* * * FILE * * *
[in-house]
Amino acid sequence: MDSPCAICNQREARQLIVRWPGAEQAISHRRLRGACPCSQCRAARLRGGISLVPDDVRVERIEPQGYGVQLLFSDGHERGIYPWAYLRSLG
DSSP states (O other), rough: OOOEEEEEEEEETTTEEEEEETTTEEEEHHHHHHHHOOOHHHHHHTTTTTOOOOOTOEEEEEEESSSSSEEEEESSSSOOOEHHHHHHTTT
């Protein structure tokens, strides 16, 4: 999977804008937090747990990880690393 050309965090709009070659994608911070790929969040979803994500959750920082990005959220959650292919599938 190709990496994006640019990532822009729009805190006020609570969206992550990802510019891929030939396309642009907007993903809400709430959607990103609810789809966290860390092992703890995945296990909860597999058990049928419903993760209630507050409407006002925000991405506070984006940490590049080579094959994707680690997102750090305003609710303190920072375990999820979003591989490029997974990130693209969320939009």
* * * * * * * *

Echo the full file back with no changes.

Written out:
[in-house]
Amino acid sequence: MDSPCAICNQREARQLIVRWPGAEQAISHRRLRGACPCSQCRAARLRGGISLVPDDVRVERIEPQGYGVQLLFSDGHERGIYPWAYLRSLG
DSSP states (O other), rough: OOOEEEEEEEEETTTEEEEEETTTEEEEHHHHHHHHOOOHHHHHHTTTTTOOOOOTOEEEEEEESSSSSEEEEESSSSOOOEHHHHHHTTT
């Protein structure tokens, strides 16, 4: 999977804008937090747990990880690393 050309965090709009070659994608911070790929969040979803994500959750920082990005959220959650292919599938 190709990496994006640019990532822009729009805190006020609570969206992550990802510019891929030939396309642009907007993903809400709430959607990103609810789809966290860390092992703890995945296990909860597999058990049928419903993760209630507050409407006002925000991405506070984006940490590049080579094959994707680690997102750090305003609710303190920072375990999820979003591989490029997974990130693209969320939009």